In January 2016, at an undisclosed venue, most of the leading British light-heavyweights convened amid balloons and ribbon, gathering under an ostentatious disco ball. As Frank Buglioni and Anthony Yarde devoured canapes – protein packed, of course – Hosea Burton and Callum Johnson shared a silent toast to the inspiration for these lavish festivities, a man who had not been invited to his own farewell party. As spidery, powerful Bob Ajisafe vacated the Lonsdale Belt to challenge IBO ruler Umar Salamov in the latter’s native Russia, his would-be domestic usurpers rejoiced in his abdication, dancing the night away as their division opened up before them.
The above may or may not have actually happened, but what is beyond doubt is that Ajisafe, then in the form of his life, did the aforementioned quartet a favour by abandoning the domestic arena to face Salamov, who ultimately took a contentious and not entirely unsurprising decision in May last year.
Since then Ajisafe has changed his support network and struggled with illness, issues which rendered him inactive for a year before returning with a routine six-round win, during which he broke his left hand. Having joined the thriving Jamie Moore, loose-limbed switch-hitter Ajisafe, still only 32 and with just 20 fights on his ledger, is intent on reclaiming his previous status, and going even further.
“I was on a great run before the Salamov fight,” says Ajisafe, who is managed by Steve Wood and was working with Oliver Harrison before the Salford stalwart’s former charge, Moore, stepped in as his old mentor became unwell. “I picked up the domestic titles, the MaxiNutrition Knockout trophy and proved myself as number one in Britain. The IBO title fight was the best option at that time. I believe I should have won but didn’t get the decision because it was in Moscow. But it was either that or stay and defend my British title and [promoter, Frank] Warren tried to lowball me with an offer for a mandatory defence against Miles Shinkwin, who was only an Area champion at the time and was supposed to face Travis Dickinson for the English belt but then Dickinson retired leaving Shinkwin as the mandatory, which was madness. I wasn’t prepared to put it all on the line for such a menial amount plus I felt I was past that level and wanted to keep pushing on. I’d fought on a Warren show against Tony Bellew back in 2010 for more money so why, years on, would I accept a lot less?”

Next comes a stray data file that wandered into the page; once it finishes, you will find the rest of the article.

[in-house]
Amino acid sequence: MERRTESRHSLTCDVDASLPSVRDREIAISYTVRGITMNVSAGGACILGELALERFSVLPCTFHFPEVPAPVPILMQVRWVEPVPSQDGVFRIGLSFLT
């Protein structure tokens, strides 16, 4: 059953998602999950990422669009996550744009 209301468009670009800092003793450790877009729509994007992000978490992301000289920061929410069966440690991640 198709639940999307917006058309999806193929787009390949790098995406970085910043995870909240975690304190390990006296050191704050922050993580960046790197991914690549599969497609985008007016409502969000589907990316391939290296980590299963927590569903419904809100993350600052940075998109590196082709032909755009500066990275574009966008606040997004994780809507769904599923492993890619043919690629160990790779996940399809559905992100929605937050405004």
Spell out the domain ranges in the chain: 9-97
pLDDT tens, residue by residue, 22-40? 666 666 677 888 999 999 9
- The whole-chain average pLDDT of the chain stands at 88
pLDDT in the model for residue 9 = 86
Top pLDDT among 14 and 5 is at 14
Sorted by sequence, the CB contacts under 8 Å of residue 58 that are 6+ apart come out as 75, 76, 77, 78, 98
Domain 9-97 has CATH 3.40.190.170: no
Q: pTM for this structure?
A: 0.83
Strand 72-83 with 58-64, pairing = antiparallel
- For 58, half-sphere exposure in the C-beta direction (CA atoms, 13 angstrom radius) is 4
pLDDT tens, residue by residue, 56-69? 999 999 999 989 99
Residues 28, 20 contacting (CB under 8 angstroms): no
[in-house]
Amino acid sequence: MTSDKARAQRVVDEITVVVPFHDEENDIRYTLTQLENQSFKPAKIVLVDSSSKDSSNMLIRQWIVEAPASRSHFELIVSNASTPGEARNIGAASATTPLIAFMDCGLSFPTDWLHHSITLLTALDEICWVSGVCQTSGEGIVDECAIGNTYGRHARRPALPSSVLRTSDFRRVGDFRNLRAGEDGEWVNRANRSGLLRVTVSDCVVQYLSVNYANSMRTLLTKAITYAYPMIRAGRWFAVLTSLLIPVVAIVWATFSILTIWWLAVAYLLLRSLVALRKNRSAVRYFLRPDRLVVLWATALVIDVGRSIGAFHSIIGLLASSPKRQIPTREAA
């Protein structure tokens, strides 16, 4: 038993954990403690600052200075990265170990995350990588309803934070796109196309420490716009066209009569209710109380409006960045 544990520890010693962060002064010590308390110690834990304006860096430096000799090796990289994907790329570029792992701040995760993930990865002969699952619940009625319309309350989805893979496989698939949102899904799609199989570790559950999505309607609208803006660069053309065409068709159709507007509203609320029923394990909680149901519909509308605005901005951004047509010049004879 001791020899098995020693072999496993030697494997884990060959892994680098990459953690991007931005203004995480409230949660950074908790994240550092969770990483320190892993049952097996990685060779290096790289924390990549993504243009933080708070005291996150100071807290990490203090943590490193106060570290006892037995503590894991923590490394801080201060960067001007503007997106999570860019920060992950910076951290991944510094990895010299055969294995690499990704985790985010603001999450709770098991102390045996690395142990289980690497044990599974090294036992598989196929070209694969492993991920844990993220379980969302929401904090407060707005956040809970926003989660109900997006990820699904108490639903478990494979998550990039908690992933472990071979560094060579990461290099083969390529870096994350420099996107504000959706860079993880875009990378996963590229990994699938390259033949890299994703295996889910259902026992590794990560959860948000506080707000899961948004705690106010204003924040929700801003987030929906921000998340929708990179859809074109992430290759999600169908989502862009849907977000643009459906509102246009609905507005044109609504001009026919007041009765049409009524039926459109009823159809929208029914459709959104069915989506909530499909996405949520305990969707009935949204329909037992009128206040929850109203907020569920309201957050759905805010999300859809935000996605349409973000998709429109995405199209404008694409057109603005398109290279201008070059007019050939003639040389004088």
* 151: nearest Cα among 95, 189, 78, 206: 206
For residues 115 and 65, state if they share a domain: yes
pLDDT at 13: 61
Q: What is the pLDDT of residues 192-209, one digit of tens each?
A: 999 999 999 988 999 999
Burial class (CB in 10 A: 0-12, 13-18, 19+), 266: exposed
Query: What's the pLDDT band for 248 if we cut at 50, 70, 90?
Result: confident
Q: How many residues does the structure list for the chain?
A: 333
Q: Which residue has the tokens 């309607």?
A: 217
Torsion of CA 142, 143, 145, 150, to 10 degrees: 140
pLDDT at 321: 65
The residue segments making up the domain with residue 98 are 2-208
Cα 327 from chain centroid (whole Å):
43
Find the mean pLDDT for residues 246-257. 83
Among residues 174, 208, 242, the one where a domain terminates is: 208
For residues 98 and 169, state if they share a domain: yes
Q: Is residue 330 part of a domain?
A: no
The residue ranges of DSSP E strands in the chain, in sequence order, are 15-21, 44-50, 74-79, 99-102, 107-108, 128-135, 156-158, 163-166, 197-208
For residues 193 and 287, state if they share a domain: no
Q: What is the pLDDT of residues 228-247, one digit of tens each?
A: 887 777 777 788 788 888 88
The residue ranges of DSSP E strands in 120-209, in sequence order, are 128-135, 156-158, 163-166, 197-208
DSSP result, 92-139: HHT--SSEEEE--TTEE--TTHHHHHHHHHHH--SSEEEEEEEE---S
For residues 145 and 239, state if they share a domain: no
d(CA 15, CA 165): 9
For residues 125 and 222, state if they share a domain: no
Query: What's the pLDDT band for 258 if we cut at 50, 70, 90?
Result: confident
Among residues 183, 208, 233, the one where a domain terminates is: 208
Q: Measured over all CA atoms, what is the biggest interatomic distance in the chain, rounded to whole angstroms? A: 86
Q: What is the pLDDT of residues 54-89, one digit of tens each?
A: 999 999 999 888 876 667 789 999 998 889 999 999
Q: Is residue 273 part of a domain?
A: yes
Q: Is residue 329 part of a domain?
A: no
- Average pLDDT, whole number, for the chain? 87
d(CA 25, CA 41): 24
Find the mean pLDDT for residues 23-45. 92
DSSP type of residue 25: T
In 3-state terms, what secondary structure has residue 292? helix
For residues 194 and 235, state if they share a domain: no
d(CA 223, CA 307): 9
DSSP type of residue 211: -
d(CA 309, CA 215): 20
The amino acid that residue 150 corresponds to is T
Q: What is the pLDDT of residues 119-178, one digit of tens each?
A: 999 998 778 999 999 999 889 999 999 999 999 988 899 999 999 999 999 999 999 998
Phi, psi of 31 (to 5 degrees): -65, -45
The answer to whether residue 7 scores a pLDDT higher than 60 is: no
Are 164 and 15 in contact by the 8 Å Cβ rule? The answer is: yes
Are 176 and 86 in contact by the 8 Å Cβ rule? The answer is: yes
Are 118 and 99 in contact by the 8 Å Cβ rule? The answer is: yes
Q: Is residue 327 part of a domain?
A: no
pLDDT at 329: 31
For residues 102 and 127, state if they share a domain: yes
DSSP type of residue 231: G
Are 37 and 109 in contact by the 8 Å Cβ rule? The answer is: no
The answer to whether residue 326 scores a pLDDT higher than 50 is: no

Now managed by Steve Wood, Ajisafe is actively looking for a promoter and is hoping to get out before the end of the year, although early 2018 looks more likely, as Bob has only recently started using his damaged hand again. The Leeds man never defended the British title he won against a faded but still dangerous Dean Francis in 2014 and feels he has unfinished business with the Lonsdale Belt.
“I’m still the best light-heavyweight in Britain, no one took them titles from me,” he declares. “No one was gonna get them off me when I had them. No one wanted to fight me then and no one wants to fight me now. Look who I’ve fought and beat already. I wish there was a regulation or clause that a fighter who relinquished the British title could be named preferential challenger to reclaim the belt because I’d love to win it outright. I want the European title because I’ve never had it and that would put me in a good position with the world governing bodies so I can fight for a world title and make some good revenue before I retire.
“I think I’ve got at least another three, four years in me at championship level, because my style, I don’t take a lot of shots, I’m not in no wars, I live good, I’m healthy.”